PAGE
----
They believed it would advance the school's mission - to raise standards of governance in Asia, improve the lives of people and contribute to the transformation of the region, said PM Lee.

"For the same reason, he supported Nanyang Technological University when it named its school of international studies after his old comrade, S. Rajaratnam, and the Singapore Armed Forces when it named the command and staff college after Dr Goh Keng Swee," PM Lee said.

2. The Lee Kuan Yew Water Prize

"The Water Prize honours contributions towards solving the world's water challenges, because water in the Singapore context was a lifelong obsession of his," said PM Lee.

3. The Lee Kuan Yew Fund for Bilingualism and other education awards in his name

"The various education awards in his name are to encourage students at all levels and of all abilities to strive for all-round excellence," said PM Lee.

"The Lee Kuan Yew Fund for Bilingualism focuses on mother-tongue learning.

"He paid close attention to this issue all his life, not just as a policy matter, but as someone who learnt Mandarin the hard way as an adult and kept up the effort till his last days."

4. The bust at Parliament House

This bust of Mr Lee was made in the early 1980s by British sculptor Sydney Harpley, who also did the Girl On A Swing and other sculptures on display in the Botanic Gardens. After Mr Lee stepped down from the Cabinet in 2011, this bust was put on display in Parliament House.

5. The bust at the Lee Kuan Yew Centre for Innovative Cities in the Singapore University of Technology and Design

Made by French sculptor Nacera Kainou, this bust was given in 2013 by the Lyon-Singapore Association as a token of friendship between the people of France and Singapore.

SG50 commemorative note to feature Mr Lee
By Charissa Yong, The Straits Times, 14 Apr 2015

THE late Mr Lee Kuan Yew will be on a new commemorative $50 note that is already in production, said Prime Minister Lee Hsien Loong in Parliament yesterday.

The note will feature a transparent panel showing Mr Lee with his fist raised, leading the crowd with the rallying cry of "Merdeka!", which means independence in Malay.

The $50 note is part of an SG50 commemorative set of dollar notes that capture Singapore's values and significant achievements in its history. The set also includes five $10 notes.

The plans for the notes were finalised last year. Mr Lee died last month at age 91.

"We had hoped that Mr Lee would launch the commemorative set of notes himself. Sadly, that is not to be," said PM Lee.

"But we have decided to continue with the project and will launch the notes later this year. They will form part of our SG50 celebrations, which will honour our founders even as we pledge ourselves to continue their work," he added.

No further details of the notes are available at the moment, but PM Lee added, in response to another question, that printing Mr Lee's image on Singapore's currency notes and coins "is certainly something we can consider for the future".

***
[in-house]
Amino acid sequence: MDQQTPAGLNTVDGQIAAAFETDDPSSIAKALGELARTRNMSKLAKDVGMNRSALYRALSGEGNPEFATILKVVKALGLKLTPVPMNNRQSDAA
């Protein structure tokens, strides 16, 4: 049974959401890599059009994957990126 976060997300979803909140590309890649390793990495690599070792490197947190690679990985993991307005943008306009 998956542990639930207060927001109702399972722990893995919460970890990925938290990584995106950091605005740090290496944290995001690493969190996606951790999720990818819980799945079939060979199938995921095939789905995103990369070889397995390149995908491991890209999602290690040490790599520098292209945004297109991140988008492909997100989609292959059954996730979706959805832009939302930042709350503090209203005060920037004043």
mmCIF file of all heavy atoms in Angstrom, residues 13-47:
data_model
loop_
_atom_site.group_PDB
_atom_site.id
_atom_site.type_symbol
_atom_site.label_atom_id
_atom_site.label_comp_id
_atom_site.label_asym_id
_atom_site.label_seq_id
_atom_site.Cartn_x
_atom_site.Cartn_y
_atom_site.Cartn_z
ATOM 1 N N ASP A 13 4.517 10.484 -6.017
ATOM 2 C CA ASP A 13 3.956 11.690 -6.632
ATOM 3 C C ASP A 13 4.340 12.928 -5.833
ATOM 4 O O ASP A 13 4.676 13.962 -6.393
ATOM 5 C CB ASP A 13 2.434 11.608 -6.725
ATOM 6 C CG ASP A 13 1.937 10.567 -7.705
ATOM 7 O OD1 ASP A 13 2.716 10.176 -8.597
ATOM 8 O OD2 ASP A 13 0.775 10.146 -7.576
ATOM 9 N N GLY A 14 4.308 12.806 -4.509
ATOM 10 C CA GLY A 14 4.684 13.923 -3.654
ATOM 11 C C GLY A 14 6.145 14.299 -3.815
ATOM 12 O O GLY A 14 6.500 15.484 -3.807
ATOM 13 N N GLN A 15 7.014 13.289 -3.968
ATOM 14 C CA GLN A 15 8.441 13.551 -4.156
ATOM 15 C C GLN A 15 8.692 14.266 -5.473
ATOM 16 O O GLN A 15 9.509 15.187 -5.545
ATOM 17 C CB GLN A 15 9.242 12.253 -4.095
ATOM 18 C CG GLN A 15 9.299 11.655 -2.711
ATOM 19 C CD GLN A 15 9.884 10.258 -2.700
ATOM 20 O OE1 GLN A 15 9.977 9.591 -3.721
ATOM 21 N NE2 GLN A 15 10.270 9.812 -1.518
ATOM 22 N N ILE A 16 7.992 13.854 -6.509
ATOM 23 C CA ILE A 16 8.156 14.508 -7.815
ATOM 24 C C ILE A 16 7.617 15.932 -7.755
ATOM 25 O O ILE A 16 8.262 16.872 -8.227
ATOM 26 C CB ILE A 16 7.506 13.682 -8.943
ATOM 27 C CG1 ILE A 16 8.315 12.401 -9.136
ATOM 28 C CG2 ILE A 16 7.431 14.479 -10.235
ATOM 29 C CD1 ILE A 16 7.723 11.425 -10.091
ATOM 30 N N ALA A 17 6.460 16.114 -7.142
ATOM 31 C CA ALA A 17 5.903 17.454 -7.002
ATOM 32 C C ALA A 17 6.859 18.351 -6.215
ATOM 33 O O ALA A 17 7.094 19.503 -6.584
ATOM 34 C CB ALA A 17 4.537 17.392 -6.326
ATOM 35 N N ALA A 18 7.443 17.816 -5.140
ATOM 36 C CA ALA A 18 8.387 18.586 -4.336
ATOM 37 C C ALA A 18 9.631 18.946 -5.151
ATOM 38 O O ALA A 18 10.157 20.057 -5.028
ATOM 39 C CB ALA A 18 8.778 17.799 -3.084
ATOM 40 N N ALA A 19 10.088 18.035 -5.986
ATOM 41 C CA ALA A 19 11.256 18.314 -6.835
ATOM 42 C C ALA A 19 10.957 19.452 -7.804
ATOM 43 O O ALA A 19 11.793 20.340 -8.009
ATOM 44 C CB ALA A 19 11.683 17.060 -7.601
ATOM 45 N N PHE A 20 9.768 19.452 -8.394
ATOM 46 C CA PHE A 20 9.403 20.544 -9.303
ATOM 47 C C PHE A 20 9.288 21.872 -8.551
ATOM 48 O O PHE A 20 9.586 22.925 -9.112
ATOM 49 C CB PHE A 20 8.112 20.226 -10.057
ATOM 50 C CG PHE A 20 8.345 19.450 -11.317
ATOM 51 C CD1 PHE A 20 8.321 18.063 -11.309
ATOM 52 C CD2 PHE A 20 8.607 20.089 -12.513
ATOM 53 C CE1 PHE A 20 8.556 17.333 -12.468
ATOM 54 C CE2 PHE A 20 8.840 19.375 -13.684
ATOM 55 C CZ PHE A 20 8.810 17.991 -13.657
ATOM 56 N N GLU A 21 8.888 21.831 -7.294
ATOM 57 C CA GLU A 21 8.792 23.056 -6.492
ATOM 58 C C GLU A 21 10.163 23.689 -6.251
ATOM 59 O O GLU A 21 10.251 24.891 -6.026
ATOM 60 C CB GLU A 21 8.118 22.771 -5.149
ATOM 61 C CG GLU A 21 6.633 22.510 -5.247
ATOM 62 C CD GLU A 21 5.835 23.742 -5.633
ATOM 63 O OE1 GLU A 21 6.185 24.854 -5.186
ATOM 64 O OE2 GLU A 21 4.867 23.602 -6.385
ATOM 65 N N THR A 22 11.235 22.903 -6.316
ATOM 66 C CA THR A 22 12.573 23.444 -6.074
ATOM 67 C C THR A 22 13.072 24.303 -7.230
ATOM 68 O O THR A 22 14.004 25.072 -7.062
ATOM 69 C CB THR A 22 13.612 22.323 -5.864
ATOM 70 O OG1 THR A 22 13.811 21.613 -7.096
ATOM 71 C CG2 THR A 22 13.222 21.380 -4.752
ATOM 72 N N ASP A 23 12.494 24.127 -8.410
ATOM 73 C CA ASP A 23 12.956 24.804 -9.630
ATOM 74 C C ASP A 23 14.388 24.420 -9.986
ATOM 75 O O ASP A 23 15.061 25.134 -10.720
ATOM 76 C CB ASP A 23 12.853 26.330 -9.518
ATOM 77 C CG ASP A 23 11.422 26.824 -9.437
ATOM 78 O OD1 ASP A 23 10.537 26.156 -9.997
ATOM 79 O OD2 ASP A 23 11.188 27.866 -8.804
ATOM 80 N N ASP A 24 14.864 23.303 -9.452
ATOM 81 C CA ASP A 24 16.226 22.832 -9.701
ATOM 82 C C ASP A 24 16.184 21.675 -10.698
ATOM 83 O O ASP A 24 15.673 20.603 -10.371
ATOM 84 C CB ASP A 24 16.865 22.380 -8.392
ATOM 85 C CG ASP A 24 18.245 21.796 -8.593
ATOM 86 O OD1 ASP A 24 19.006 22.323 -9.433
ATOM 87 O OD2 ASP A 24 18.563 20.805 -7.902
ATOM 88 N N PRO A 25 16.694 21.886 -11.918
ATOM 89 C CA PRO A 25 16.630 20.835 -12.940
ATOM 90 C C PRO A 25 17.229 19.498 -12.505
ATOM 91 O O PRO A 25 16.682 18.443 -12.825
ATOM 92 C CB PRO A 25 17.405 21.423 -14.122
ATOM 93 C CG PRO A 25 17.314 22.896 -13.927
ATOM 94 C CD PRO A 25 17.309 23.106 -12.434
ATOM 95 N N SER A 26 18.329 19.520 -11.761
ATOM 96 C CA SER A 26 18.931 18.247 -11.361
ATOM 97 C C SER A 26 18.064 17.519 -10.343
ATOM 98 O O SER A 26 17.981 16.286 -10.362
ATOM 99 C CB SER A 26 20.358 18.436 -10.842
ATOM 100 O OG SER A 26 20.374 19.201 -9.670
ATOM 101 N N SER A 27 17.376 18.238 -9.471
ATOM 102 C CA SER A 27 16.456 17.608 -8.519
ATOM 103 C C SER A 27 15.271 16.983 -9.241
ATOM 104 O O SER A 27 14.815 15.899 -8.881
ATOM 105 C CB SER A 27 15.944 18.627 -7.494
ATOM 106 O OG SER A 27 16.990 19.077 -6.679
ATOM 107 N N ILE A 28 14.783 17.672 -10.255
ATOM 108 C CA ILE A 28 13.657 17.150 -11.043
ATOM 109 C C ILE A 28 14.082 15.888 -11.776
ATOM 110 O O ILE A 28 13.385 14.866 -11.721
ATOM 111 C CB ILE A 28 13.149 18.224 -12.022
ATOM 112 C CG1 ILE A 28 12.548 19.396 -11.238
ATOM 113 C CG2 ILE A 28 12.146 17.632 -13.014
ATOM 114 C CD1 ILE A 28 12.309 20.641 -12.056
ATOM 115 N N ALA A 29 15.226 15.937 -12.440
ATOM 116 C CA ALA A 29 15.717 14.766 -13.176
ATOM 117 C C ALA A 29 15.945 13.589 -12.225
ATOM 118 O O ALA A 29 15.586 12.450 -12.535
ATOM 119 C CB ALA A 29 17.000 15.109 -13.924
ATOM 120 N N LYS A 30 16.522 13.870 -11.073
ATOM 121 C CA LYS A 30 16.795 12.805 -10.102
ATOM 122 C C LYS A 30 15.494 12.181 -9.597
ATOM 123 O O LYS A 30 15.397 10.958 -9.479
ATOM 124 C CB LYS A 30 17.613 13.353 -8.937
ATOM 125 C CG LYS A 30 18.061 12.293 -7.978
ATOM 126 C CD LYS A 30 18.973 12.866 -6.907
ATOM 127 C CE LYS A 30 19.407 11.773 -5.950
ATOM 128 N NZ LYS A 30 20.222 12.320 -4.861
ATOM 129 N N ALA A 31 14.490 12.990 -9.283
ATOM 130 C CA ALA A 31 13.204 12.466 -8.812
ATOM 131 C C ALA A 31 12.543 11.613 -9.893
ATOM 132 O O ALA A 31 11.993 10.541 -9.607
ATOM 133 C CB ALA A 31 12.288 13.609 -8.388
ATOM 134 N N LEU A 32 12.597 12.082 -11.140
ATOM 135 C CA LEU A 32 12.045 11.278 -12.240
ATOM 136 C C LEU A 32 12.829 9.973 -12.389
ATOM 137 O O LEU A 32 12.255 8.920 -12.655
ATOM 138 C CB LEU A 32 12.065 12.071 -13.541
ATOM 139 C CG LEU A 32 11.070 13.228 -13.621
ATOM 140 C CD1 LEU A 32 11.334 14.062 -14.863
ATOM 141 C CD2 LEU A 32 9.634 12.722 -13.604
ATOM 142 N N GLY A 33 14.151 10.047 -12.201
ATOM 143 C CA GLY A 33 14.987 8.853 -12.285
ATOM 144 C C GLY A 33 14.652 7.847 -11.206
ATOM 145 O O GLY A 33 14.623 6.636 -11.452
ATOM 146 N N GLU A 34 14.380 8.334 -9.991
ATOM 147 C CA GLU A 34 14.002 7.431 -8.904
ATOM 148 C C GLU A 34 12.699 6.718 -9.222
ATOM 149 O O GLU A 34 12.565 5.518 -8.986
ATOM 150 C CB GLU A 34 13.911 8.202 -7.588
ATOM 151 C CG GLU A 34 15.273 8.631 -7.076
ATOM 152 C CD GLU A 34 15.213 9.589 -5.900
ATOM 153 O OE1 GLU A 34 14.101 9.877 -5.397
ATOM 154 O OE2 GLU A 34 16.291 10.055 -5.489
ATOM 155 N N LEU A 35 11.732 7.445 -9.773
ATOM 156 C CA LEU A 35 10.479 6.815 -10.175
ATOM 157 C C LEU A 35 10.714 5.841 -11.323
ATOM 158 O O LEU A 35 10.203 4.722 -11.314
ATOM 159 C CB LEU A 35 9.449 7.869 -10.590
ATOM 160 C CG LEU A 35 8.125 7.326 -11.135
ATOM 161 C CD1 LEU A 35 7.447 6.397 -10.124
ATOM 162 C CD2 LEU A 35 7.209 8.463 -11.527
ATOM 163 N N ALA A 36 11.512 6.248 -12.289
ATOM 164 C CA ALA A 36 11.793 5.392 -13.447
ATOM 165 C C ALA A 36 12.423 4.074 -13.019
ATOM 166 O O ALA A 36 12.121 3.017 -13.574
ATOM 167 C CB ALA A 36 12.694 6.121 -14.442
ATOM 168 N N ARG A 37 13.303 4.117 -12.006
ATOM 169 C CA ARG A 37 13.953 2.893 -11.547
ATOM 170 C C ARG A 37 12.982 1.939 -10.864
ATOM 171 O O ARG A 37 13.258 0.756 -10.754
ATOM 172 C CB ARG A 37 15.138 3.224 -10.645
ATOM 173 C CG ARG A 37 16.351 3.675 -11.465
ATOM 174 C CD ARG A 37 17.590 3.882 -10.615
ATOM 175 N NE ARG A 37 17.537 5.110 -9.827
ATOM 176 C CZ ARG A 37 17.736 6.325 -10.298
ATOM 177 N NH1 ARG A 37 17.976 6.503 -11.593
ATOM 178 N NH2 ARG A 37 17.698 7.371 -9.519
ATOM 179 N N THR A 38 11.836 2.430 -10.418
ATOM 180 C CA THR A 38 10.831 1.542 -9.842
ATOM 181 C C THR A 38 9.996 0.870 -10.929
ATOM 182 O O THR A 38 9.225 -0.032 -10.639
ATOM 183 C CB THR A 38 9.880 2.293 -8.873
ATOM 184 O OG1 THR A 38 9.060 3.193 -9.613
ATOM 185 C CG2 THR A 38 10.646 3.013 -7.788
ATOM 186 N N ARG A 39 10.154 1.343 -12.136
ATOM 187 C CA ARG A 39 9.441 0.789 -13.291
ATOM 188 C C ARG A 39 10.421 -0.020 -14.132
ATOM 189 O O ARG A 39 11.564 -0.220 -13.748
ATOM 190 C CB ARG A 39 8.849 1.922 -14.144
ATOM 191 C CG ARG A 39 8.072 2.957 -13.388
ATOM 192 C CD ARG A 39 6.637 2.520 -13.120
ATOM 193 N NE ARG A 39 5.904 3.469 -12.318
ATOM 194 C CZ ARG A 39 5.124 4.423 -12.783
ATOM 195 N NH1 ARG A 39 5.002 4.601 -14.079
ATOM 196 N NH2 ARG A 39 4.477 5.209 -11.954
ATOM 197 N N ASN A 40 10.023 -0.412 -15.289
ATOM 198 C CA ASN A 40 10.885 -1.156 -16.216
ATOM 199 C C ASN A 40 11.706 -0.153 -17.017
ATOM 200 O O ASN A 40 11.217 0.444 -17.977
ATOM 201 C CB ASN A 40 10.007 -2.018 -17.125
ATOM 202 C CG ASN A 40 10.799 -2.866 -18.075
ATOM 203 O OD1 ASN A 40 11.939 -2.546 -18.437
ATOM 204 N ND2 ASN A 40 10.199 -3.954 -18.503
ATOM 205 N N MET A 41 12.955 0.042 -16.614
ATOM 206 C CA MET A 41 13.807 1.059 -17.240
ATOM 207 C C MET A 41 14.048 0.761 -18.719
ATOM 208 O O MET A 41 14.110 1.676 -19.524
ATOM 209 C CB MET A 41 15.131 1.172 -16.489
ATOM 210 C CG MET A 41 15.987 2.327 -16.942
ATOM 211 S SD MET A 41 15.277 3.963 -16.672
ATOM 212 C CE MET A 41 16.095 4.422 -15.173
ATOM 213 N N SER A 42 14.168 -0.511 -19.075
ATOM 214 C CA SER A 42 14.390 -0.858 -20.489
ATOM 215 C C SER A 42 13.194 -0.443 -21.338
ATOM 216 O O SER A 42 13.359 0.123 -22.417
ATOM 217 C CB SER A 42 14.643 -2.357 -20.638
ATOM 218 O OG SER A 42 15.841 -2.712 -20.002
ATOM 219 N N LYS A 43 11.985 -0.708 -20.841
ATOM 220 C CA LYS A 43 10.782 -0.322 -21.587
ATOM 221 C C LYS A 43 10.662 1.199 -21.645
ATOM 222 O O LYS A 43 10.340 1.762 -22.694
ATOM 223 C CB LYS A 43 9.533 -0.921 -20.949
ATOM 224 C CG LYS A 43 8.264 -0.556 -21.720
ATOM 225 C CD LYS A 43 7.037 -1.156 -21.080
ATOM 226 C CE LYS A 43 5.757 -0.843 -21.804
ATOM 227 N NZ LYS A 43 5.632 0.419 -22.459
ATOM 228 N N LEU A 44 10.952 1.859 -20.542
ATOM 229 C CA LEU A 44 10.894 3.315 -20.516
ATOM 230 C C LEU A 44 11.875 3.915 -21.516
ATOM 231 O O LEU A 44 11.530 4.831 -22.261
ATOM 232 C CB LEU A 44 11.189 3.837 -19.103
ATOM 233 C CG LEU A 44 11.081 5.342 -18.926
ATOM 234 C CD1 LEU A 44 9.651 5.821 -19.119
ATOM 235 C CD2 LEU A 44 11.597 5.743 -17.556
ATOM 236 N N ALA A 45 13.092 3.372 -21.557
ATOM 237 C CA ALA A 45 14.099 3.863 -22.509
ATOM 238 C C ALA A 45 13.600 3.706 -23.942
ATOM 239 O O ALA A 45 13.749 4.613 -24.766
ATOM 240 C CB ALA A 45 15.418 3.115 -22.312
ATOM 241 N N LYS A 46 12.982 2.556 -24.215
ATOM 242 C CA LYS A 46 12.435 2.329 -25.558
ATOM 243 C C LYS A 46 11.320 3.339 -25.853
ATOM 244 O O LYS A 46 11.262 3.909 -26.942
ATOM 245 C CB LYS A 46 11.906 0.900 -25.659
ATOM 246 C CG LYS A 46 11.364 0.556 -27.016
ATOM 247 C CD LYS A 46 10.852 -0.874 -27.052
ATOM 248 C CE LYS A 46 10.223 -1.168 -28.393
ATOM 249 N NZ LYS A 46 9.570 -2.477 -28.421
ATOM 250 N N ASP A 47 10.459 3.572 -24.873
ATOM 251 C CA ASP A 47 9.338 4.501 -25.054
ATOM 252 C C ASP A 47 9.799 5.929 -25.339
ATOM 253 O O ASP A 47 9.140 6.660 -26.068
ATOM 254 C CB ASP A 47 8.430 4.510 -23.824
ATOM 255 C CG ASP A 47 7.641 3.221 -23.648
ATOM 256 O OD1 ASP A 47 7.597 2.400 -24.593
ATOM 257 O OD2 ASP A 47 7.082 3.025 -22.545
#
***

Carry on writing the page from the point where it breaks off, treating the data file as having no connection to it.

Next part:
Mr Lee adamant about having his house demolished
By Charissa Yong, The Straits Times, 14 Apr 2015

SINGAPORE'S founding Prime Minister Lee Kuan Yew knew about calls from the public to turn his home at 38, Oxley Road into a museum and a memorial to him, but he was adamant the house should be demolished after his death.

He wrote formally to the Cabinet at least twice to put his wishes on the record, Prime Minister Lee Hsien Loong told Parliament yesterday.

The first time was soon after his wife, Madam Kwa Geok Choo, died in late 2010.

The second time was after he stepped down from the Cabinet in May 2011, said PM Lee, who is Mr Lee's elder son.

In a statement delivered in Parliament, PM Lee said his father's position on 38, Oxley Road was unwavering over the years, and added that Singaporeans should respect his wishes.

Mr Lee, who died last month, stated in one of his books in early 2011, Hard Truths To Keep Singapore Going, that the house "should not be kept as a kind of relic".

He was averse to the idea as he had seen too many other houses of famous people "kept frozen in time... as a monument with people tramping in and out", and they invariably "become shabby", said PM Lee.

PM Lee's mother, Madam Kwa, also felt strongly that the house should be demolished, he said.

But since some people wanted the house preserved, Mr Lee's view sparked a public reaction.

That was the reason that, in December 2011, PM Lee held a special Cabinet meeting to discuss 38, Oxley Road. Mr Lee attended the meeting at his invitation.

"The ministers tried hard to change his mind," PM Lee said.

After the meeting, Mr Lee wrote the Cabinet a letter, in which he acknowledged their unanimous view that 38, Oxley Road should not be demolished.